I am a professor of Digital Ecosystems at the Centre for Educational Technology at Tallinn University in Estonia. Before coming here I was a post-doc at the Cognitive Science Section at the University of Graz and a senior researcher at the Know-Center, Austria’s Competence Center for Knowledge Management.
My main research interests are in the areas of technology-enhanced learning, especially in professional and workplace settings. I am particularly interested in how people interact and learn in social and intelligent environments that are mediated by information technology. In doing so, I look at different levels where learning takes place: the organizational, the community and the individual level.
In recent years, social software has become a major factor in learning and development, especially when we look at how people learn informally. Wikis, Weblogs or Social Tagging environments all have in common that people interact more or less directly. It has been suggested that through this social interaction these environments have some emergent properties, meaning that the what comes out is more than a simple addition of individual contributions.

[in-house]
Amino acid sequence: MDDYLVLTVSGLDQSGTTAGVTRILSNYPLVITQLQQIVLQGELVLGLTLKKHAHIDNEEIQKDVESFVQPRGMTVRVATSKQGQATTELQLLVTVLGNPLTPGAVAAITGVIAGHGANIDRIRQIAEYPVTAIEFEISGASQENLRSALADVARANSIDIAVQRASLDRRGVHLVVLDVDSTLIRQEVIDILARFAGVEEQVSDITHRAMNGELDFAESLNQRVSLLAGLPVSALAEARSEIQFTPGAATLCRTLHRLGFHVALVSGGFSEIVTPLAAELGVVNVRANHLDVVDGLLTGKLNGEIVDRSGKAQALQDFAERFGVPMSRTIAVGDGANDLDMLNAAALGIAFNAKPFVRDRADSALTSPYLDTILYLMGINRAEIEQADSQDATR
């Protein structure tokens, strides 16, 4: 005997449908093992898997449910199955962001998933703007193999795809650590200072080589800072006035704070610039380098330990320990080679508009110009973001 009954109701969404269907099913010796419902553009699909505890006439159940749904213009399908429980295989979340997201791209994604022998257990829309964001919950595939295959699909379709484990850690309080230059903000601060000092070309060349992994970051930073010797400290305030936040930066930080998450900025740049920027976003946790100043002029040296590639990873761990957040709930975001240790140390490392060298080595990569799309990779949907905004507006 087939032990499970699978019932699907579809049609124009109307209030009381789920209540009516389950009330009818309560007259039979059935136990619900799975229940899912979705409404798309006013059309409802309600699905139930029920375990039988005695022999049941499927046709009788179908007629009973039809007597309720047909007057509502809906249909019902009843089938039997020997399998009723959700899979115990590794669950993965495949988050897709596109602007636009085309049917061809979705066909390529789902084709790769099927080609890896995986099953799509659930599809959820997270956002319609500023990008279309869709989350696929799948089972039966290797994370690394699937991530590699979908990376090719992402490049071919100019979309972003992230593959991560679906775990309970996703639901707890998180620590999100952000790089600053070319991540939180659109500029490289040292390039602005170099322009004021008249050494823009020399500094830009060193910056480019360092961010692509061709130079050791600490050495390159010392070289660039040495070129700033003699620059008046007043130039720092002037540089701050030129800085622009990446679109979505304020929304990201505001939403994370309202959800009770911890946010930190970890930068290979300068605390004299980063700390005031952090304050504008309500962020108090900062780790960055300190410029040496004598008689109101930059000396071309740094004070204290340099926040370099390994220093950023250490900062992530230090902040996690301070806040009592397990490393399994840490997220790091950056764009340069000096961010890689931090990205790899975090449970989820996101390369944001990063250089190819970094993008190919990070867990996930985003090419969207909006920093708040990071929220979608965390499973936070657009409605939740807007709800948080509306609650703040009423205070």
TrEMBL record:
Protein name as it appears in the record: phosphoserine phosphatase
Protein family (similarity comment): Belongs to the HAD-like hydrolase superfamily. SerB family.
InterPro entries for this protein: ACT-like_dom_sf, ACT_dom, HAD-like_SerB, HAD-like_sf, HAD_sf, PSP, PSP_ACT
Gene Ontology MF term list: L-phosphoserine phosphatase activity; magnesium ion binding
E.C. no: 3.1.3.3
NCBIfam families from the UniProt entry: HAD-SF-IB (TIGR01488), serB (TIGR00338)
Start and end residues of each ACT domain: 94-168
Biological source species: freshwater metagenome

From a psychological point of view, it is especially interesting to examine the more basic mechanisms for these emergent processes. For example, when using social environments, people draw on others’ contributions by imitating others, by categorizing what they see or by adapting their own views. For researching this, I draw on different models known in cognitive science that describe learning processes on different levels of abstraction, such as Knowledge Space Theory, Associative and Semantic Networks, or Multinomial Models of processing in memory.
So I see myself as bridging two worlds – information and computer science on the one hand, and psychological and behavioral sciences on the other. I think a good way of doing this is by employing formal models used in psychology which can be directly applied in intelligent software applications.